Saturday, October 13, 2012

now that the rain has begun in earnest

July, August, September, and early October have been unnaturally bright and dry here. On Friday morning the rain began. All day we were surrounded by a fine mist that seemed to come from every direction and move in every direction, like a fine, cool swarm of very wet insects. I walked to work in my Gore-Tex rain gear, noticing how the mist got up inside the cuffs of my jacket and under the peak of my cap and onto my glasses despite the fact that I was wearing a cap. After an hour walking in this mist, everything about me was wet on the outside. Thanks to my good gear, my inner layers stayed warm and dry.

Today, the air is thick with fat bumblebee raindrops all propelling themselves straight to the ground where they splash-land in puddles and little rivers on the road and sidewalk. I am at home, warm and dry in non-waterproof flannel, procrastinating and enjoying the fact that I don't have to go anywhere or do anything.

I like the rain. Rain is the way it is around here, for most of the fall, winter and spring. We should embrace it. In the spirit of embracing rain, here are a few positive thoughts about rain:

  • Rain is good for fish. The salmon need the streams to fill up now, so they will have an easy journey up to their spawning grounds. I hear that the Chum salmon are thick in the Coquitlam River now. Andy and I will go look at them this weekend.
  • Rain is calming. I woke up during a break in the rain this morning, to hear 2 happy boys next door bouncing on a trampoline in the back yard. But it began to rain again and the boys went inside. The sound of the rain on the roof soothed me back to sleep for another delicious 45 minutes of rest.
  • Rain gives us a soundscape of our outdoor space. We know when it is raining lightly, and when it is pounding down. We can tell when a car or bicycle goes by. We can hear wet footsteps. The sounds of animal and human voices are amplified by the wet air.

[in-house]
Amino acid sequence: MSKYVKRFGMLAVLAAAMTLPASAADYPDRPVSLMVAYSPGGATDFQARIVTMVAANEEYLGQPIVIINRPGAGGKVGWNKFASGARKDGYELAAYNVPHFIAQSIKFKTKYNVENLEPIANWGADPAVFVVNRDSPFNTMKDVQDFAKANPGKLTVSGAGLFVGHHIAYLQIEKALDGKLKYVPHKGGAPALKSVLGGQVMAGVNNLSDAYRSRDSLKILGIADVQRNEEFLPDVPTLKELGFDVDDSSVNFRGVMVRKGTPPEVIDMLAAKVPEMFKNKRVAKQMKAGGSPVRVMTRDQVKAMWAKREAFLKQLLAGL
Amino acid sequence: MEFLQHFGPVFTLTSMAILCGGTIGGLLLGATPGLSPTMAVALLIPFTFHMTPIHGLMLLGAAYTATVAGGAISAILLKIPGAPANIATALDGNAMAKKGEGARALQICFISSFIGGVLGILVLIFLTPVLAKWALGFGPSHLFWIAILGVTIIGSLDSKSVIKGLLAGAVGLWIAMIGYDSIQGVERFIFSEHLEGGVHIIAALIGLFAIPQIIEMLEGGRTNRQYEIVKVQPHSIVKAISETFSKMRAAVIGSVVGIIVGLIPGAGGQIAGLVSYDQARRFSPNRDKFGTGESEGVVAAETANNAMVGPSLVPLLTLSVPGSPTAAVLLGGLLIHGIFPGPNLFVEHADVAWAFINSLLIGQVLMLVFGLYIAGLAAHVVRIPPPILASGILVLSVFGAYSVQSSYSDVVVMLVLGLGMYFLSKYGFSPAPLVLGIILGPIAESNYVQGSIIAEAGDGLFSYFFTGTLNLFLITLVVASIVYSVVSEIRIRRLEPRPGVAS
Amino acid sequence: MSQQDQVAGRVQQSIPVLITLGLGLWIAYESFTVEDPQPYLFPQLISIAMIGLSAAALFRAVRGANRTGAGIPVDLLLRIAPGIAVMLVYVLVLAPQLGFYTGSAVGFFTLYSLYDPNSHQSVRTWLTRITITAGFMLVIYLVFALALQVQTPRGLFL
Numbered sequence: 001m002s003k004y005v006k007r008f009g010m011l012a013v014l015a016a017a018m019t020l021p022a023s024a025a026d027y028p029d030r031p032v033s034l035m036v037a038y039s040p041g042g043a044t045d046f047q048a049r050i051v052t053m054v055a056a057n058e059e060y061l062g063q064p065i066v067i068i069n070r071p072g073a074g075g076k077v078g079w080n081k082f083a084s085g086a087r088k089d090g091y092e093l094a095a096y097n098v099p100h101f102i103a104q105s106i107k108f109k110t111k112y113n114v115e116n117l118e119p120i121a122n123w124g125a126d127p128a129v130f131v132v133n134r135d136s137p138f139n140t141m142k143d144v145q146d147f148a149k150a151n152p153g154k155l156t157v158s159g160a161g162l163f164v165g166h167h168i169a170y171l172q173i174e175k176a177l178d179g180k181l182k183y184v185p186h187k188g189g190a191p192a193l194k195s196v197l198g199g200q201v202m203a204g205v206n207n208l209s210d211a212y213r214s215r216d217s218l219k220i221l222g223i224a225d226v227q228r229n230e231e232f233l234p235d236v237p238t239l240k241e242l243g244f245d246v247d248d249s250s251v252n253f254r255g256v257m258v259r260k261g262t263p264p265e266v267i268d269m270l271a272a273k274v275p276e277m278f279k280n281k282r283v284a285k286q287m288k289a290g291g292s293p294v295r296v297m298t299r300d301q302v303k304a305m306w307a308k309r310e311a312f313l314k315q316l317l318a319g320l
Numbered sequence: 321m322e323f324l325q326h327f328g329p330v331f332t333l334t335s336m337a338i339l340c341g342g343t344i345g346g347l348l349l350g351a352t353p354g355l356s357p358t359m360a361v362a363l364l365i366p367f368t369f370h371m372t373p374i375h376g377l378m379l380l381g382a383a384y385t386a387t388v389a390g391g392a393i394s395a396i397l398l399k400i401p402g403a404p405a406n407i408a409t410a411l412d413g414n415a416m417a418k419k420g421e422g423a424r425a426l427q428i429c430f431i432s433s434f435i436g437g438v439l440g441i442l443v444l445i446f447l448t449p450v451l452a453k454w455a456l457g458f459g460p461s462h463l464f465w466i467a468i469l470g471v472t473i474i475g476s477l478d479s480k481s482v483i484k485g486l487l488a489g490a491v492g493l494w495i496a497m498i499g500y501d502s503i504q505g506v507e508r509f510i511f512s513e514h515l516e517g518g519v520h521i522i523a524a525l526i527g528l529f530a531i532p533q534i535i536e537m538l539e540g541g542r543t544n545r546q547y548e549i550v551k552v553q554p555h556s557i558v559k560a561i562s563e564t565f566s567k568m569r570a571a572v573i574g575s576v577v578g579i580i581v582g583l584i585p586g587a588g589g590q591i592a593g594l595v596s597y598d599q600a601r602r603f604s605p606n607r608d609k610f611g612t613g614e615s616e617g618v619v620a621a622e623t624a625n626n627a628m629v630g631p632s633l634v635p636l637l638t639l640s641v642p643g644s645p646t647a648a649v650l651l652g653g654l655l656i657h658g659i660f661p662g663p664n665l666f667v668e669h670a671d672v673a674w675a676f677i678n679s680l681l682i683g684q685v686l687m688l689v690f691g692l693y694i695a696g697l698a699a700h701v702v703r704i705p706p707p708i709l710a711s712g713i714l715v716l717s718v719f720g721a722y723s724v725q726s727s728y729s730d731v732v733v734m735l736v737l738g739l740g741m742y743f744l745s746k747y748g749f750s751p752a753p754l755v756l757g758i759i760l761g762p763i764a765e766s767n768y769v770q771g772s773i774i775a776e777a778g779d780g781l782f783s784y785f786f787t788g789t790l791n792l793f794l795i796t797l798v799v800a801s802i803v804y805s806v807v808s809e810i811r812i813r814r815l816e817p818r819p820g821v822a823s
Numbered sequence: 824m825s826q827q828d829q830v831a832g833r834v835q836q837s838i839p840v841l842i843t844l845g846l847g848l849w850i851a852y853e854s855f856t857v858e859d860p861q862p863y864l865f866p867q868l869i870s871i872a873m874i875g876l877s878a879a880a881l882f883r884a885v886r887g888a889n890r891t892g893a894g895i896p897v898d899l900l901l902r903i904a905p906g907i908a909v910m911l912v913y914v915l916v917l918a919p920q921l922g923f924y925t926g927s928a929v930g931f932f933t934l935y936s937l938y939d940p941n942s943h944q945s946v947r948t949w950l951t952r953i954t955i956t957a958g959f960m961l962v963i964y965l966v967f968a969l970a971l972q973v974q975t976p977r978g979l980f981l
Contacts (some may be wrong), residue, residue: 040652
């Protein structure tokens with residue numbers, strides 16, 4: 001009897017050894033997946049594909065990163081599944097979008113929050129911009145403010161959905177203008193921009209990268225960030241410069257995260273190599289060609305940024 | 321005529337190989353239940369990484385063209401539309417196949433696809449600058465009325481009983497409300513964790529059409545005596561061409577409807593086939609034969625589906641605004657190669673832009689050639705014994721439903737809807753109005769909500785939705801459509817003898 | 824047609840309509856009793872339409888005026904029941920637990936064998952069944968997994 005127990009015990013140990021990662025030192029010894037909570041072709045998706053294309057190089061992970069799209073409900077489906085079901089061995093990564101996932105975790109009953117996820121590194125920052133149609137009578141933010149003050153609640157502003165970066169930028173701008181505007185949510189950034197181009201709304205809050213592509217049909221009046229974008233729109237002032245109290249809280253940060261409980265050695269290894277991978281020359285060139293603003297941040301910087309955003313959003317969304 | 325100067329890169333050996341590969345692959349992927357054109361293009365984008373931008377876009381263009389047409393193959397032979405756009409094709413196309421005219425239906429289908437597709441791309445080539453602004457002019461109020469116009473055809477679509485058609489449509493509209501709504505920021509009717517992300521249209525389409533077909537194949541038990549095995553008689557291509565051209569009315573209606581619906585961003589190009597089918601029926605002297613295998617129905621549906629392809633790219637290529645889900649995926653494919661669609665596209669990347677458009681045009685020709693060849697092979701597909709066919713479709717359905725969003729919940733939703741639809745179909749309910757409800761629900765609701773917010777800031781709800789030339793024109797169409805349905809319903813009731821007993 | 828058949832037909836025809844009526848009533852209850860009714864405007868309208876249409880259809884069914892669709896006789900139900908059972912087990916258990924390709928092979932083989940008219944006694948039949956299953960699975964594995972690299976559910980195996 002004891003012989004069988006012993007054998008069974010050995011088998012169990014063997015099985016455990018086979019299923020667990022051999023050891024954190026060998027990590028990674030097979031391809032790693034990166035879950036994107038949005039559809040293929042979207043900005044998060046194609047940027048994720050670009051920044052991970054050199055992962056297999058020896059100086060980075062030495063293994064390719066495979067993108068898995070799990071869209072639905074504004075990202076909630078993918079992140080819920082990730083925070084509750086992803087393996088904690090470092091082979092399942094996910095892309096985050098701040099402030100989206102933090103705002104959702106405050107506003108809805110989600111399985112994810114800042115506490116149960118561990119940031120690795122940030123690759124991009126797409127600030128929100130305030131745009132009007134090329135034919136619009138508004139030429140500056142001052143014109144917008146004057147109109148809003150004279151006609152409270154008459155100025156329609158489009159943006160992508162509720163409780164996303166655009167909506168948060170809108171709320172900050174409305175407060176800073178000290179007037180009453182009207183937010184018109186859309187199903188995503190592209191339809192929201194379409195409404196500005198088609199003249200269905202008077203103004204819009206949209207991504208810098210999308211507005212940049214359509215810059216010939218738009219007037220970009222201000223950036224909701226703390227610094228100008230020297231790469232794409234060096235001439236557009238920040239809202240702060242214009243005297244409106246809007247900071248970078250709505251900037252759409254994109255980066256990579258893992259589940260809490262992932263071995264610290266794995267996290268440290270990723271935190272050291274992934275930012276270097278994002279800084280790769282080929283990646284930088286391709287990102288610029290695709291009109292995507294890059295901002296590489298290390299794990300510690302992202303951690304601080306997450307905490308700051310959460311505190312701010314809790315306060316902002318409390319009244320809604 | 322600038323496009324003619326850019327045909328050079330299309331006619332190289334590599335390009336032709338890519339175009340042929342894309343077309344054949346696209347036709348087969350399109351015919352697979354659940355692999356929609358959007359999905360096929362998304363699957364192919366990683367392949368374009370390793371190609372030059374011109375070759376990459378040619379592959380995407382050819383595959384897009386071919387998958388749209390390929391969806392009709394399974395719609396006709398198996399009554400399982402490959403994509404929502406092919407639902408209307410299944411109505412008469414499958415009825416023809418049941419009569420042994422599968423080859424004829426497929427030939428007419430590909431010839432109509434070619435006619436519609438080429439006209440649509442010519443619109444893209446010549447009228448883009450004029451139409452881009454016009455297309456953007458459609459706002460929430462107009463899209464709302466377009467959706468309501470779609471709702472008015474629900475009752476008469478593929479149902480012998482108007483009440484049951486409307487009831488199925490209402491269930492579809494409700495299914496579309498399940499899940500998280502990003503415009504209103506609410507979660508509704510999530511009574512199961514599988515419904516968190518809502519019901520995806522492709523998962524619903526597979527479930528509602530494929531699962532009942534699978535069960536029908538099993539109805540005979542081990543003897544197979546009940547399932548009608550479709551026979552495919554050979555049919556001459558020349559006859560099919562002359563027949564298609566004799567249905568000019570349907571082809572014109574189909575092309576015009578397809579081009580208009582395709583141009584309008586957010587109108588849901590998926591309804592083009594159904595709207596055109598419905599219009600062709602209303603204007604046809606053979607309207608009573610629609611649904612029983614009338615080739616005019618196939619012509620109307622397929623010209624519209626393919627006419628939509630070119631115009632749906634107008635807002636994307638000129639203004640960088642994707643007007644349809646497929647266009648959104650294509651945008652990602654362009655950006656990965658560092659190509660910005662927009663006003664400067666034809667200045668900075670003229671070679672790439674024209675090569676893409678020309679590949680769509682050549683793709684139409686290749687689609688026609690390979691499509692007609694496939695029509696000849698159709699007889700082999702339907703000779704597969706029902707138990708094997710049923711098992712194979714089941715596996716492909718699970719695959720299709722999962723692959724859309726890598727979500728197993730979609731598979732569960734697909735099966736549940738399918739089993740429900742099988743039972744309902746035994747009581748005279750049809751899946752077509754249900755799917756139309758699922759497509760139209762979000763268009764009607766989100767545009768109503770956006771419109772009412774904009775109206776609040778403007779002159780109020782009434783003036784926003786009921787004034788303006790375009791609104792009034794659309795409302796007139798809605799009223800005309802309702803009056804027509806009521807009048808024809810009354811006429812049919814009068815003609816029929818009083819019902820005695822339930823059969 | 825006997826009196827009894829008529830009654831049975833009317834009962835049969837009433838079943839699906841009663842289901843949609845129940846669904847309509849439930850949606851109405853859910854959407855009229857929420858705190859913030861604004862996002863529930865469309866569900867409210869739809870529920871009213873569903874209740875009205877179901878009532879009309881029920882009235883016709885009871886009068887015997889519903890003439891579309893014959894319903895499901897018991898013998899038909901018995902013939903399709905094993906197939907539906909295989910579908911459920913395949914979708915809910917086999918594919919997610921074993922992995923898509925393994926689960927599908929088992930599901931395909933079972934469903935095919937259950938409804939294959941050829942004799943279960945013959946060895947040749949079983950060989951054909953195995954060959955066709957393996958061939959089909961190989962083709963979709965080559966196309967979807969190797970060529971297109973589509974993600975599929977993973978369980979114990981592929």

• Rain makes temporary evidence of our presence. I can see wet footprints in the dry concrete leading up to our sheltered front door. I can follow an umbrella's drip trail through the lobby of the building where I work, to find out who has recently arrived. At home, I can follow the damp clumps of coats, socks and other gear to know who has recently come in from outdoors.
  • Rain reassures us that there are cycles and seasons. What goes up must come down. Everything goes around and around. Rain is the most persistent and obvious reassurance of continuity that we have in our world.
question: how's the weather where you are?

mompoet - I hope that you can find a reason to love rain today

1 comment:

Mompoet's dad said...

You wrote: "I hear that the Chum salmon are thick in the Coquitlam River."

Wednesday October 10 fish, presumably salmon, were seen leaping out of the water in both the Coquitlam River along the southwestern portion of the PoCo Trail and in the Fraser just east of where the Coquitlam River empties into the Fraser (SFU Retirees' Association walk).

A good place to see salmon is along Hyde Creek. It may be early for them, but if you check, I'd certainly like to know if they are there now. Drive to the Hyde Creek Recreation Centre near the east end of Laurier Avenue, east of Coast Meridian Road, in Port Coquitlam. Walk north a few metres, and pick up the northwest portion of the PoCo Trail there. Head east along the south bank of Hyde Creek until, about 1.8 km later, it empties into DeBoville Slough. You can also walk west just a bit, passing a fish hatchery before you get to Coast Meridian Road. If you are lucky the fish hatchery will be open, and the volunteers working there, unless they are very busy, will be glad to talk to you and show you around.

Mompoet's dad, and also a rain-lover